The Last of Us review
Can you remember the first time you turned on your PS3? We can. It was to play Formula One Championship Edition. Firing it up, our minds were immediately blown by just how good it looked.
The PlayStation 3 has come a long way since then, with games like Metal Gear Solid 4 and God of War doing justice to the promises that Sony made all those years ago at its launch in 2006.
Now, in the year of its demise, we have the PlayStation 3’s swansong. The Last of Us isn't without its flaws, but what it gets right manages to set the bar so high that the PS4, for all its bells and whistles, is going to have to work hard to beat.
Naughty Dog really has worked magic with the PlayStation 3. Its Uncharted series has been the icing on the cake for owners, the one true IP which Xbox fans really can’t knock.
Now Naughty Dog has turned its hand to something different. Forget swashbuckling adventures, The Last of Us is a brutal game, with a story so engaging and voice acting so good, it’s just as much fun to play as it is to watch.
There is so much to enjoy about the game’s story that we really don’t want to ruin things for those who play. The start - and what a start it is - sets the tone and things pretty much get worse from there.
The whole world as we know it has been pretty much destroyed in the wake of a zombie-spawning infection, with most cities turned to overgrown wastelands. The areas that remain populated are subject to military rule, with inhabitants risking life and limb running contraband between safe zones through zombie filled landscapes.
You play as Joel, who has the task of getting Ellie from point A to point B while preventing the pair of them chewed to pieces by zombies - or worse, taken hostage by humans. Joel and Ellie’s on-screen interactions are so perfectly written and the story so full of twists and turns, that it becomes a bit like a good book, very hard to put down.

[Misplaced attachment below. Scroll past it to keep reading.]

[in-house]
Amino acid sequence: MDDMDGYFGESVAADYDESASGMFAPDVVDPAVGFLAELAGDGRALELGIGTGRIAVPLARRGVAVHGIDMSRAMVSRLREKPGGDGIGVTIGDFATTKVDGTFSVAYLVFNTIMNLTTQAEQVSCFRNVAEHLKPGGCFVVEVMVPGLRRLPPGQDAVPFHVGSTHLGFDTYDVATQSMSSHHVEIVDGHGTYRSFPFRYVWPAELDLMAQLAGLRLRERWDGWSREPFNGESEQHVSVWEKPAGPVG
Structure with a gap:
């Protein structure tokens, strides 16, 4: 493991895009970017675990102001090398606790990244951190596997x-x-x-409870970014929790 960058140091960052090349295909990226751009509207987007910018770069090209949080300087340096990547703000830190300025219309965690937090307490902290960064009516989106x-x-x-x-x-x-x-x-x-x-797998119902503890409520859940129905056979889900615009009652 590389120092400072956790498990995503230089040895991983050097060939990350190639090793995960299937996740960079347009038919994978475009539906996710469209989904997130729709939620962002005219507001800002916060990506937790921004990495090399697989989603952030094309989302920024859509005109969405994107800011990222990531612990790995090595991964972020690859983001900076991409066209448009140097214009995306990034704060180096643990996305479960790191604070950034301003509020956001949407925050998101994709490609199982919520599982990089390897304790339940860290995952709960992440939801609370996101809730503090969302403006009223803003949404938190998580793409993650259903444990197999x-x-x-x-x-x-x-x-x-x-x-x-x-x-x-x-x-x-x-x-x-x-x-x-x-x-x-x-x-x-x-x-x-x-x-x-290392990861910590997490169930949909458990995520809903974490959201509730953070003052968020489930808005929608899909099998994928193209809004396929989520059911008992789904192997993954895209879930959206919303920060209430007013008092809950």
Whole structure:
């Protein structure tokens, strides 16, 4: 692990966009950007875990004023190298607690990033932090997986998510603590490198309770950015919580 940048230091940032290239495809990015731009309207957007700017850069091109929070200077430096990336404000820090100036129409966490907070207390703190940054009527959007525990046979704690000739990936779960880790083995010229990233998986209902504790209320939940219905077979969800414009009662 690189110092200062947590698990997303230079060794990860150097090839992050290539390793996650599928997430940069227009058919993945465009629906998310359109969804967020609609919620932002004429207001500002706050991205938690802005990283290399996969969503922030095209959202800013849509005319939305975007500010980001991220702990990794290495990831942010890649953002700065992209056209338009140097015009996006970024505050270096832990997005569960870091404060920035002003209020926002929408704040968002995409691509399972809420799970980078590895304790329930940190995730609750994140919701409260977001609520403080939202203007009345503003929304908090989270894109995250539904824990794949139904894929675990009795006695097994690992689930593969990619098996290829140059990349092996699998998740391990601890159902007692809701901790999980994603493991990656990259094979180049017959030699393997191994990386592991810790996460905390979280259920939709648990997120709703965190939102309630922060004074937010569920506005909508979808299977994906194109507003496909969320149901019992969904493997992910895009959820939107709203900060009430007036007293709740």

Naughty Dog also made the decision to keep the story ticking over while you play, so important things are announced via cutscenes, but background info and other twists can come up in conversation while you are playing. In practice, it works brilliantly, preventing the game from becoming too cutscene heavy while still keeping the story ticking over.
It’s actually the gameplay which is the weakest part of The Last of Us. This is a game that doesn’t seem to have its priorities right, pursuing strange and slightly uninteresting game mechanics, while keeping what’s really good always bubbling beneath the surface.
A prime example relates to how Joel and Ellie negotiate the game’s scenery. Naughty Dog has a real skill with platforming - as we know from Uncharted - yet rather than being able to climb about levels, you seem to perpetually be lifting and placing planks and ladders to get across gaps.
The same applies to enemy types. The Clicker - a kind of zombie which is blind but will chase you if it hears you, killing you in one hit - is overused. All too often the game falls into the trap of sweep and clear style gameplay. Go kill zombies in this room, sneak past Clickers, story progresses, rinse and repeat.
It’s irritating because when The Last of Us is good, it’s really good. Later on in the game humans are thrown into the enemy mix and they require a far different approach from zombies. Their being able to spot you from afar means you need to use every single item in your inventory to beat them. The Last of Us doesn’t offer a huge amount in terms of ammunition either, so every time you miss, it can genuinely mean the end of you.
As the game goes on your acquire more weapon types and items to use to take on the bad guys. Initially the game can seem oversimplified, but as you get hold of things like pipe bombs, tear gas and weapon modifications, every battle becomes a strategic affair. Unfortunately, you need to play a good five or six hours for the game to really get going.
The gameplay is what stops The Last of Us from being an absolute classic. It definitely works, but we just wish Naughty Dog had played to its strengths a bit more. A slight touch of Uncharted could have made The Last of Us really rather special indeed.